TERRACE, B.C. -- Rio Tinto has announced a major milestone in its efforts to ensure the long-term reliability of the power supply to its aluminum smelter in Kitimat.

Yesterday, the machine boring a second tunnel to carry water from the Nechako Reservoir to the Kemano Powerhouse "broke through", completing a 16-kilometre route that started in the early 1990s.

It took 30 months for the machine to cut through 7.6 kilometre of rock.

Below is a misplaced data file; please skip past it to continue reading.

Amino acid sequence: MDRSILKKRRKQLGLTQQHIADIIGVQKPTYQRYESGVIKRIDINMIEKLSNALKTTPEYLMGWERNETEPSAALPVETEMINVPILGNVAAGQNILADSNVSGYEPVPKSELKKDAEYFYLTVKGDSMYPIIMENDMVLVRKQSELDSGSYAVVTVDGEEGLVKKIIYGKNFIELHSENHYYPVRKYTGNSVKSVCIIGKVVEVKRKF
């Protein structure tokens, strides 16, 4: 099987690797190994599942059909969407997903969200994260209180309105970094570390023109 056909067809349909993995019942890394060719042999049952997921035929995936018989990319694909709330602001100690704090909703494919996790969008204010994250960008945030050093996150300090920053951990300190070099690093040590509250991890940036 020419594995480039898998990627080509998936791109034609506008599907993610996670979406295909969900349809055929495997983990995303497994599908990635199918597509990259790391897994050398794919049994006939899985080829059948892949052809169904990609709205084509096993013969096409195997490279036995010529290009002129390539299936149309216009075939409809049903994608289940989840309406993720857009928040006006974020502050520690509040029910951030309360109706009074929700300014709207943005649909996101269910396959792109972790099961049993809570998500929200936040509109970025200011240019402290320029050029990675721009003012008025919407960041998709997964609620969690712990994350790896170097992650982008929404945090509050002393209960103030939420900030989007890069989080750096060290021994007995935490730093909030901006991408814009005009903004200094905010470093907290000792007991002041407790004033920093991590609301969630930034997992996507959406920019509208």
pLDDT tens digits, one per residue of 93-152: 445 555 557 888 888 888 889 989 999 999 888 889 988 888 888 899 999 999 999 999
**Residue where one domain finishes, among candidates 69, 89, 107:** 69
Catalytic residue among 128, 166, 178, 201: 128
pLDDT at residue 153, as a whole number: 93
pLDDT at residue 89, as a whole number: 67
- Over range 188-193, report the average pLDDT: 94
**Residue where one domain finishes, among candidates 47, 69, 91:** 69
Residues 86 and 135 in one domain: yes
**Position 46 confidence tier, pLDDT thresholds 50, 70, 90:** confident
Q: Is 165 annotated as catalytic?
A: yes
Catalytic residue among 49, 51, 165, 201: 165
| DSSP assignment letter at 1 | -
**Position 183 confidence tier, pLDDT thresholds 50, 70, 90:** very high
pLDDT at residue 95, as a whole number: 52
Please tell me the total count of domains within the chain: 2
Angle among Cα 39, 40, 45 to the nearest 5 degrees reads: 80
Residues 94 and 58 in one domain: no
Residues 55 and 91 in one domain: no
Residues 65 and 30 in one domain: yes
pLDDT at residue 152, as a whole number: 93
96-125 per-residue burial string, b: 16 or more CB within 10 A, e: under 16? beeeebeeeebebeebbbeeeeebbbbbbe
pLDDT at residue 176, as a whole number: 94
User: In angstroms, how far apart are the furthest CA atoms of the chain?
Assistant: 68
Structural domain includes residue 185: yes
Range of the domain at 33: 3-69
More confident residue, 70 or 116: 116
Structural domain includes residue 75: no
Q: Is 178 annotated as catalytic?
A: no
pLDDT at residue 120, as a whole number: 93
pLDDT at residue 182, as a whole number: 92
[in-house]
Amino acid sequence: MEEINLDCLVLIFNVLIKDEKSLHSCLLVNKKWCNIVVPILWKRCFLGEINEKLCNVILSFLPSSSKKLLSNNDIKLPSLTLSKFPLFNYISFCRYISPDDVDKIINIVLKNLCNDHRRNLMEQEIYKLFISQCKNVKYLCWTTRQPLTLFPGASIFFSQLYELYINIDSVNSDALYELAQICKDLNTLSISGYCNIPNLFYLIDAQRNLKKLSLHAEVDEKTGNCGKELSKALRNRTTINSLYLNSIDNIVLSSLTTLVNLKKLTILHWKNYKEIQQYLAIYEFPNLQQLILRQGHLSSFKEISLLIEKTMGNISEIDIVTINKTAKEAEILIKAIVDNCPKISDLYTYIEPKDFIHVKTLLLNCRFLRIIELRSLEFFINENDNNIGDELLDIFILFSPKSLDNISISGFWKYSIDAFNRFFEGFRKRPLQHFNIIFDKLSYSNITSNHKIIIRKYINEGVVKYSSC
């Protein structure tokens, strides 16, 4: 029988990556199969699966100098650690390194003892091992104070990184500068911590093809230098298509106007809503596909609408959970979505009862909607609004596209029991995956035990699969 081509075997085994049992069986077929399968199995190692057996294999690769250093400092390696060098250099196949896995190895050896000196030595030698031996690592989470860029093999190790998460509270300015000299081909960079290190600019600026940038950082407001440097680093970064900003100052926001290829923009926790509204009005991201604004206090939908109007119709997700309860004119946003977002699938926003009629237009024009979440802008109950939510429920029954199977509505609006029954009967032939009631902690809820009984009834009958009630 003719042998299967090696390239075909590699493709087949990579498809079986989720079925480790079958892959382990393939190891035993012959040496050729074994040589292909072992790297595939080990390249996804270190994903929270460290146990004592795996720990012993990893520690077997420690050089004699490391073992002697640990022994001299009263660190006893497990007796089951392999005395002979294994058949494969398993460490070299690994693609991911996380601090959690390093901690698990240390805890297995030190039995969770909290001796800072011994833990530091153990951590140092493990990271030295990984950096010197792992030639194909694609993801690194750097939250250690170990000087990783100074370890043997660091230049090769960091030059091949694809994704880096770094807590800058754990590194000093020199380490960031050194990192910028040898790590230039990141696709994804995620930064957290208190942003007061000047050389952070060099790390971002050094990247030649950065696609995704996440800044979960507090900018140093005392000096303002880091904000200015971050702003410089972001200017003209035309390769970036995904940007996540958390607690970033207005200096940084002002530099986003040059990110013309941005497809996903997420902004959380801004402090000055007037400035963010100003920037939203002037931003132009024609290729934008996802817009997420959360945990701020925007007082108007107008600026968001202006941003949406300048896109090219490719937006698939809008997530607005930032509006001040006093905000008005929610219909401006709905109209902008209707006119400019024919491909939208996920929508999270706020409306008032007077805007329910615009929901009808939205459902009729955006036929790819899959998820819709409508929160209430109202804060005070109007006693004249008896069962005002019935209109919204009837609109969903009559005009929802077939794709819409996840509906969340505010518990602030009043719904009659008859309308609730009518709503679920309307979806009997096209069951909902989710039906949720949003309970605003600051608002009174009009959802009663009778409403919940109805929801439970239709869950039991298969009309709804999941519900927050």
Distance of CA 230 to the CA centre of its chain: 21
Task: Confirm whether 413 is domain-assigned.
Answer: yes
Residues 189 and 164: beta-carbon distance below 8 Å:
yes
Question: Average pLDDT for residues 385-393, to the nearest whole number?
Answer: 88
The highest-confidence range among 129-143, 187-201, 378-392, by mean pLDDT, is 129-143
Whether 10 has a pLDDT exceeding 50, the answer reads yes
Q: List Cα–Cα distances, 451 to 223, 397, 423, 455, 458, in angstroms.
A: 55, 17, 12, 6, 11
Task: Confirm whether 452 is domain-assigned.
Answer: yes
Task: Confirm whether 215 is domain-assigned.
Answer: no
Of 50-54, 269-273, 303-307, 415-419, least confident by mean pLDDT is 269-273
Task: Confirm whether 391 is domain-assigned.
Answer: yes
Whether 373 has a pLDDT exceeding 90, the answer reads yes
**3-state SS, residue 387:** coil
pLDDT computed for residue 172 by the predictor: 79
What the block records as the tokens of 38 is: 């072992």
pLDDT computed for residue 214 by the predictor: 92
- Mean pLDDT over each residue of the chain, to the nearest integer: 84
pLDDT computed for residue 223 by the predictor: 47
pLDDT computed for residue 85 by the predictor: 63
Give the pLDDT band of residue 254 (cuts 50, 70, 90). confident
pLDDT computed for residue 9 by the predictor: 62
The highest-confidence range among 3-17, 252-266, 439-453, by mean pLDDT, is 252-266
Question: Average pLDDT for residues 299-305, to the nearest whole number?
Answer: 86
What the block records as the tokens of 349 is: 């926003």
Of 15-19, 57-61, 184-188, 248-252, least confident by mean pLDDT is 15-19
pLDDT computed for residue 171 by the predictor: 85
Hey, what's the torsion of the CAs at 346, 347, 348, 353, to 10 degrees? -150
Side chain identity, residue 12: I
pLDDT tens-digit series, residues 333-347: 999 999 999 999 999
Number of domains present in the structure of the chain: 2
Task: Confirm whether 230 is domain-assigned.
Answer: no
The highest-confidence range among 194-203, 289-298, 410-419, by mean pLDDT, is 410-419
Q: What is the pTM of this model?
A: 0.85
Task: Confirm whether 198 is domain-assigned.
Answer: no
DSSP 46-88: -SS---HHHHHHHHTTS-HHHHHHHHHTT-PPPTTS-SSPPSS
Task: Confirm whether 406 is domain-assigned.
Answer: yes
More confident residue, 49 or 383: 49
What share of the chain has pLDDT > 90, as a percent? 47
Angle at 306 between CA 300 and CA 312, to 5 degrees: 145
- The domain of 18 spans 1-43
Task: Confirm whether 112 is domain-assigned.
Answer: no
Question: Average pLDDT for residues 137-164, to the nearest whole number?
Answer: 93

In a news release, Kemano T2 Project Manager Alex Jones says boring the tunnel was a highly-skilled and technical feat achieved in an extremely remote location only accessible by air or sea.

He thanked everyone involved and says the company looks forward to celebrating the completion of the project next year.

The 1,300-tonne boring machine was named by the Cheslatta Carrier Nation after a legendary giant monster snake and decorated with student artwork.

Rio Tinto says the tunnel will be filled with water in the middle of next year, with the project expected to be complete in the second half of 2022.